Why would anyone want to recreate the Vietnam War?

The new documentary “In Country” follows a group of men — some who are veterans of Vietnam, others, from Iraq —  who are dedicated to doing just that.

Learn more about the film on our website.

“If the bad guys arrest you, there’s no question that they will behead you.”
Why are thousands of military translators left behind in Afghanistan?

“If the bad guys arrest you, there’s no question that they will behead you.”

Why are thousands of military translators left behind in Afghanistan?

Julie Carpenter, a Ph.D. in education at the University of Washington interviewed 23 explosive ordinance personnel who regularly use robots on the job.
“They would say they were angry when a robot became disabled because it is an important tool, but then they would add ‘poor little guy,’ or they’d say they had a funeral for it,” Carpenter said.

She found that the soldiers often assigned robots human attributes such as genders and names, and even displayed a kind of empathy toward the machines. 

Julie Carpenter, a Ph.D. in education at the University of Washington interviewed 23 explosive ordinance personnel who regularly use robots on the job.

They would say they were angry when a robot became disabled because it is an important tool, but then they would add ‘poor little guy,’ or they’d say they had a funeral for it,” Carpenter said.

She found that the soldiers often assigned robots human attributes such as genders and names, and even displayed a kind of empathy toward the machines.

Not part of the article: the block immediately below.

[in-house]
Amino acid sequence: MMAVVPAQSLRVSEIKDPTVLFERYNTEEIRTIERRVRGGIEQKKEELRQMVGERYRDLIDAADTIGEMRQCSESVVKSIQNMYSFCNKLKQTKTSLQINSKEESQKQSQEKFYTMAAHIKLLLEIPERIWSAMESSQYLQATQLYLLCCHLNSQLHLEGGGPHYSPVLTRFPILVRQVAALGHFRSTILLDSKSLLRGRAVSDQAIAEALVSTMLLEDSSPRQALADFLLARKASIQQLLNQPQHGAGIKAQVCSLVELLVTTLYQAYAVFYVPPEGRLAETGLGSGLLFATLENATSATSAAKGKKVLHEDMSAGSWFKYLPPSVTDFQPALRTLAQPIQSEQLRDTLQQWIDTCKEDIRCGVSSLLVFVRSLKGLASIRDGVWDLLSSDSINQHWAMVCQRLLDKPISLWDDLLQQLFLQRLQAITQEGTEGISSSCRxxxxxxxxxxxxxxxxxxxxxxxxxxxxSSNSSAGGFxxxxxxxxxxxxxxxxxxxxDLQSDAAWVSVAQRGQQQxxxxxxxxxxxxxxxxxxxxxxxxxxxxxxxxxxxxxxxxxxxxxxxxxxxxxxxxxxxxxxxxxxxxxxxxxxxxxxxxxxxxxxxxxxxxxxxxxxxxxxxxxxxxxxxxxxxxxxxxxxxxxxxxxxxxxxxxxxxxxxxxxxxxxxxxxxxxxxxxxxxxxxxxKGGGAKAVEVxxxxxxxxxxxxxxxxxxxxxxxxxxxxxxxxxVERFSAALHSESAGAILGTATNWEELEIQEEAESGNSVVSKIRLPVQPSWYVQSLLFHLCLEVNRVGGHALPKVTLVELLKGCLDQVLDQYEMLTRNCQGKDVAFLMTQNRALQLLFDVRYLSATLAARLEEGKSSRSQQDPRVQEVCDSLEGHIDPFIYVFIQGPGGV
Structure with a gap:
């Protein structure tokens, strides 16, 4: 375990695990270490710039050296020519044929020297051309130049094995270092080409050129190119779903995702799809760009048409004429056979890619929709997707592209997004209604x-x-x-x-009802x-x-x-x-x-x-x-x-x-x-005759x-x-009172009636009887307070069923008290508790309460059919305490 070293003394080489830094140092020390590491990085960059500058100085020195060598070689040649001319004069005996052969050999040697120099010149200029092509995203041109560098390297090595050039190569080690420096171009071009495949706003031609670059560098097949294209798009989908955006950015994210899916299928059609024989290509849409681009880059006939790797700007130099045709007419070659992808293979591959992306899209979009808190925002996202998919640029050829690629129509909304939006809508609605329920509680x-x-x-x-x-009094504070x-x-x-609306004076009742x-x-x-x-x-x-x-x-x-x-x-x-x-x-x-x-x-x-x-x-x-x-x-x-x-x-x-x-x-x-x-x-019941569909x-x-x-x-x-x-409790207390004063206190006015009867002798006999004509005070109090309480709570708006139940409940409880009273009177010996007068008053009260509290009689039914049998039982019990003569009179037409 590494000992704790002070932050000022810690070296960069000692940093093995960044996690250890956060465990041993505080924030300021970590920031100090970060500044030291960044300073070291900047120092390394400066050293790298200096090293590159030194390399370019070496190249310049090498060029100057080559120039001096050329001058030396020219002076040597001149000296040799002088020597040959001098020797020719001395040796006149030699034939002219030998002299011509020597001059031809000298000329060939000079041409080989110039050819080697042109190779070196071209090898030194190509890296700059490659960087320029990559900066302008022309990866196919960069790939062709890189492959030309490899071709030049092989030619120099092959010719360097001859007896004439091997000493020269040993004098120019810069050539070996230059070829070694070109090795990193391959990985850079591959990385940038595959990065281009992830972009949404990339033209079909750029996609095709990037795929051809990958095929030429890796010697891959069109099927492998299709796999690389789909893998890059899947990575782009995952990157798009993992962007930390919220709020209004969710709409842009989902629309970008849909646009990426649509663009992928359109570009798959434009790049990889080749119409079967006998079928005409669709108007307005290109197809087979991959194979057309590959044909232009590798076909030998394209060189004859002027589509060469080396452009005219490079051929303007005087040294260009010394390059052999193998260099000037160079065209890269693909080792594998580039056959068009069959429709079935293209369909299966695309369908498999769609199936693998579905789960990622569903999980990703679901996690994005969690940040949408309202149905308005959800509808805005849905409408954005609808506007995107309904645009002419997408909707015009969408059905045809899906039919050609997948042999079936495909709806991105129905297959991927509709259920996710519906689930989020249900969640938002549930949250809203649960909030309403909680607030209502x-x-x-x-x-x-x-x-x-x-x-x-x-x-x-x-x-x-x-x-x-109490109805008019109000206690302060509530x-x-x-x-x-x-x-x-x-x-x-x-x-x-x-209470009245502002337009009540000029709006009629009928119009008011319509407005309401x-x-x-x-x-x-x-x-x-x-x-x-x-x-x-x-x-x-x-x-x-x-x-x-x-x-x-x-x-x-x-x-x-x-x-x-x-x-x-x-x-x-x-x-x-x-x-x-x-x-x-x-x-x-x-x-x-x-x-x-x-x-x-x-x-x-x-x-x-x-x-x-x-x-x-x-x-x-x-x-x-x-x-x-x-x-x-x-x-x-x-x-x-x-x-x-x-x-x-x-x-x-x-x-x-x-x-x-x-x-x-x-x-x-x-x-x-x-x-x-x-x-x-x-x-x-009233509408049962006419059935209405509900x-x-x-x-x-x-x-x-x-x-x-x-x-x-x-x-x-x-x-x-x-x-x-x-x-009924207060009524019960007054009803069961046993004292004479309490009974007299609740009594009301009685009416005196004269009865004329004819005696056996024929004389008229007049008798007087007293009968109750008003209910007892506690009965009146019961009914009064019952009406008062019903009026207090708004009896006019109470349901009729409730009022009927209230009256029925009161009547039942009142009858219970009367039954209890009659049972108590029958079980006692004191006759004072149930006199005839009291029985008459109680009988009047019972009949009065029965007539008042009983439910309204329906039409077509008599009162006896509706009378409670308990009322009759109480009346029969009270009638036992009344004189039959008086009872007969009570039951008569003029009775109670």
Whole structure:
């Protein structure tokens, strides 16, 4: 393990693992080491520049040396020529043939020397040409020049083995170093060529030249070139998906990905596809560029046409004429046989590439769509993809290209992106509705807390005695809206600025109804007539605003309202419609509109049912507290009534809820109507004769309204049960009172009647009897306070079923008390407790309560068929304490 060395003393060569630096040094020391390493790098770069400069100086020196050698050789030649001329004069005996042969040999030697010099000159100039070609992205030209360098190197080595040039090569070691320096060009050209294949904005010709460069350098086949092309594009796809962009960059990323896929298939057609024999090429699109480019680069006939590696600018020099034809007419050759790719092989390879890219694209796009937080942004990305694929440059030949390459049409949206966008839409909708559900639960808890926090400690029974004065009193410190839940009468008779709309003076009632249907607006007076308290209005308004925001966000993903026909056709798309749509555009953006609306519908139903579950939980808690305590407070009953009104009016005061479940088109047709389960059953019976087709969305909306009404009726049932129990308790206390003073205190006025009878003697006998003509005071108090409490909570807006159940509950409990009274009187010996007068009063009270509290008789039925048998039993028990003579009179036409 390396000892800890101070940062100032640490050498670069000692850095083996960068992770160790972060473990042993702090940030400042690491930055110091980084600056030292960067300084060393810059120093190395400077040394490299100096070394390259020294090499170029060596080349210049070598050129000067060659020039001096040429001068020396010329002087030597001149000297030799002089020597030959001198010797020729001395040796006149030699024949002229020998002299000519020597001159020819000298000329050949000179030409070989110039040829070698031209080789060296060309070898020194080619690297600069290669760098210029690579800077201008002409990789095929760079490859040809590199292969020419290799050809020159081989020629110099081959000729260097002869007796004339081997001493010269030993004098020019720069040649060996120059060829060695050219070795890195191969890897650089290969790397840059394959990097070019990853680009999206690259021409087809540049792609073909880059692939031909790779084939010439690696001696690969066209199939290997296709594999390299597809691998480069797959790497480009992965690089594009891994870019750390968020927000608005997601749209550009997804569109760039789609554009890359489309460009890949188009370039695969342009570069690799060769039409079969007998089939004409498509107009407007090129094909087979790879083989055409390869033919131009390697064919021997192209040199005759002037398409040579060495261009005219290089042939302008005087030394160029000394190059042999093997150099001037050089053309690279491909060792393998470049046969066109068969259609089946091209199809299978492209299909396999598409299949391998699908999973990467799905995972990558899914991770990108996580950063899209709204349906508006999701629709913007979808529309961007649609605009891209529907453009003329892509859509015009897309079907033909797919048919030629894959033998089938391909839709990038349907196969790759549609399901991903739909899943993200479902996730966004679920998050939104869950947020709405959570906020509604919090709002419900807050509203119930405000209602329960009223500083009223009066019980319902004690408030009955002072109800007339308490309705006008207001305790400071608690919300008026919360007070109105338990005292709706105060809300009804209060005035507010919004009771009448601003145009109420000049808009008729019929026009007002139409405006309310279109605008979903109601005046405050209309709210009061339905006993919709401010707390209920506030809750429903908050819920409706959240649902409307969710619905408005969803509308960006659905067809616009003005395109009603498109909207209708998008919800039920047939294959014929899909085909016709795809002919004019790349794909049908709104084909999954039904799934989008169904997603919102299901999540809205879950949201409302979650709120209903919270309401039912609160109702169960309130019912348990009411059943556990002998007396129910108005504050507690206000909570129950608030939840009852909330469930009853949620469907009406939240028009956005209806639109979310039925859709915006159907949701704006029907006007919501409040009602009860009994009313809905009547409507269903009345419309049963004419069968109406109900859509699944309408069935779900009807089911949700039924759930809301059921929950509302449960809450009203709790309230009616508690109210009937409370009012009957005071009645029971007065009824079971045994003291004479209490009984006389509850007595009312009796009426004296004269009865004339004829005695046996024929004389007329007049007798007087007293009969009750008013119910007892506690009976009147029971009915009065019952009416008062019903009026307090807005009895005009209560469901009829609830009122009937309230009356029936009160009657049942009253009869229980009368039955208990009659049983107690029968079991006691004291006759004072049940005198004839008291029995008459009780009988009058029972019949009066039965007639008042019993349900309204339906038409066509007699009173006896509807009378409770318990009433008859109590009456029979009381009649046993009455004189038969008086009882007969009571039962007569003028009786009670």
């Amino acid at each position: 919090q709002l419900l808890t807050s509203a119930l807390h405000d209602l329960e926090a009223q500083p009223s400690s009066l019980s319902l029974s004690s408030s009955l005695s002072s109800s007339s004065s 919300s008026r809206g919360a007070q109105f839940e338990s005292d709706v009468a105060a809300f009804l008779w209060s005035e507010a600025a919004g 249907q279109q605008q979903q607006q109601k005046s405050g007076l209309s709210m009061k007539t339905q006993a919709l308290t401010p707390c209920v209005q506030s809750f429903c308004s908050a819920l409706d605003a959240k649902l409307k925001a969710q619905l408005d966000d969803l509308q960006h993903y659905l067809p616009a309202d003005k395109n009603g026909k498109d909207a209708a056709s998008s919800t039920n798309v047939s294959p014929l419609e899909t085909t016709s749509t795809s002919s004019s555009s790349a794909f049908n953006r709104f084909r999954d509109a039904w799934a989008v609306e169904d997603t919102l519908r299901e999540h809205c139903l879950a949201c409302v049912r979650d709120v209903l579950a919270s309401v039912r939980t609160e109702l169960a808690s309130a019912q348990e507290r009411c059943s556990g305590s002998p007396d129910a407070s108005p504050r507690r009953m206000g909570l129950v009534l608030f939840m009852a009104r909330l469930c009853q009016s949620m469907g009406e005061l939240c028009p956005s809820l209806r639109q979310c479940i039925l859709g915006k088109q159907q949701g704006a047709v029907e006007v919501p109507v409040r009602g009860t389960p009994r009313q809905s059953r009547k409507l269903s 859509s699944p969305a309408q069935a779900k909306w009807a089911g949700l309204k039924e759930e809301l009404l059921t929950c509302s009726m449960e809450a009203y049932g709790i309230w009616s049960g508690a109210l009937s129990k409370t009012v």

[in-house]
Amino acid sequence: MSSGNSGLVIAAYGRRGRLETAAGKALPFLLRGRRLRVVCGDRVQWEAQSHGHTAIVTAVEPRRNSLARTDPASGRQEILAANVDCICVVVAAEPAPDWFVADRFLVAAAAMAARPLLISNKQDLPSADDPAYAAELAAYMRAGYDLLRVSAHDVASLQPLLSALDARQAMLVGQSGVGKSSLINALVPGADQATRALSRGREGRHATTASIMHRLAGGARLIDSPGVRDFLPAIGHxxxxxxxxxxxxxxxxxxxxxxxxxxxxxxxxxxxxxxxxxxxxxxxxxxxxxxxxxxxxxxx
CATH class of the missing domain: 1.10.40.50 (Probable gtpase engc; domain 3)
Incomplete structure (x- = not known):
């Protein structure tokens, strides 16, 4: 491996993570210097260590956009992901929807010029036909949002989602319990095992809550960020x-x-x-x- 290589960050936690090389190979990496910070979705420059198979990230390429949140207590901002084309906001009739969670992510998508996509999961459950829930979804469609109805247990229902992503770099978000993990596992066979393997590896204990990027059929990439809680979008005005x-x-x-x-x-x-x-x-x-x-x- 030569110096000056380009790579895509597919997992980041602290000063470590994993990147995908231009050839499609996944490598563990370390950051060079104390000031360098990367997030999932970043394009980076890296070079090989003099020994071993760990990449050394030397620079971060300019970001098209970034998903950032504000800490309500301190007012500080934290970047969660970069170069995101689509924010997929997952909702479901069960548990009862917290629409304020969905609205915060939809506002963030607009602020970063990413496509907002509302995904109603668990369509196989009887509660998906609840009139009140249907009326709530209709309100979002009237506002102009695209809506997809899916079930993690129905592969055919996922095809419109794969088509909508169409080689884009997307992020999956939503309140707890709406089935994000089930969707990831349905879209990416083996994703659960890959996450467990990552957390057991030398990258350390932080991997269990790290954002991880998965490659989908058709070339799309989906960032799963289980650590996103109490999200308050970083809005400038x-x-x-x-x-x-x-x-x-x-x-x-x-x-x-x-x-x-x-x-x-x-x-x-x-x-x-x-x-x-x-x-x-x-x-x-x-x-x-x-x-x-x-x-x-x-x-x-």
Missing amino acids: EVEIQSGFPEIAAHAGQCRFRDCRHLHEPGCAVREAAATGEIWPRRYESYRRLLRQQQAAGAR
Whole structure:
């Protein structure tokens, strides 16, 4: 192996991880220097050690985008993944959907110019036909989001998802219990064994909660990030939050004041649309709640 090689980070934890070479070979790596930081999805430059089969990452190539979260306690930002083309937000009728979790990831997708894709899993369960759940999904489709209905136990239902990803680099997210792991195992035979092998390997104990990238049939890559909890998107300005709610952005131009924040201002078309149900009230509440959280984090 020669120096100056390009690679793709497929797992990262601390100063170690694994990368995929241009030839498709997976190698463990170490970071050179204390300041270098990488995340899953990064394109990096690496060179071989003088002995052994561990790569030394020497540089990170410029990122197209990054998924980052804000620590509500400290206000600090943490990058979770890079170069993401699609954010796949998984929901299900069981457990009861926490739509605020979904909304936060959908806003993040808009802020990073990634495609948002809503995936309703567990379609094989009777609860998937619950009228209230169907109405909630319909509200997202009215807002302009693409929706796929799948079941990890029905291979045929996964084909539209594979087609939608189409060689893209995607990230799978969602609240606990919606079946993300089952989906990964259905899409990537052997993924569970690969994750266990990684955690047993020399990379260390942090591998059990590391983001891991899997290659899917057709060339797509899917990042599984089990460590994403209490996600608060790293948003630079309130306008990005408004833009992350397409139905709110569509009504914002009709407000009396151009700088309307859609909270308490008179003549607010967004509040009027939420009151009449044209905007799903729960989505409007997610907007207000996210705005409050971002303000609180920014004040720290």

"I’m really struggling here. I’m having a hard time getting out of bed, I’m having a hard time sleeping because this one incident that I have relived through investigation, it’s never died in my mind. I go to sleep and I think about this, everything reminds me about it."

-Former Airman 1st Class Jessica Hinves grew up in a military family. When she turned 25, she left her job at a vineyard in east Texas and acted on her sense of duty to serve. She joined the Air Force and she had every intention of having a lifelong military career.

But two days before completing a round of training, she says she was raped by a fellow airman. To her surprise, her case was never brought to court. Her career was cut short due to the post traumatic stress disorder that followed her ordeal.

Learn more about her story here.

Tags: PTSD military

Almost one million veterans are waiting for their benefit claims to be processed, according to an investigation by the Center for Investigative Reporting. One regional office in North Carolina was so overrun with claims folders that the sheer weight of their content exceeded the load-bearing capacity of the building itself.

These photos were included in a 2012 report from the Veterans Affairs Office of Inspector General. To see more photos and learn more about the backlog, go here.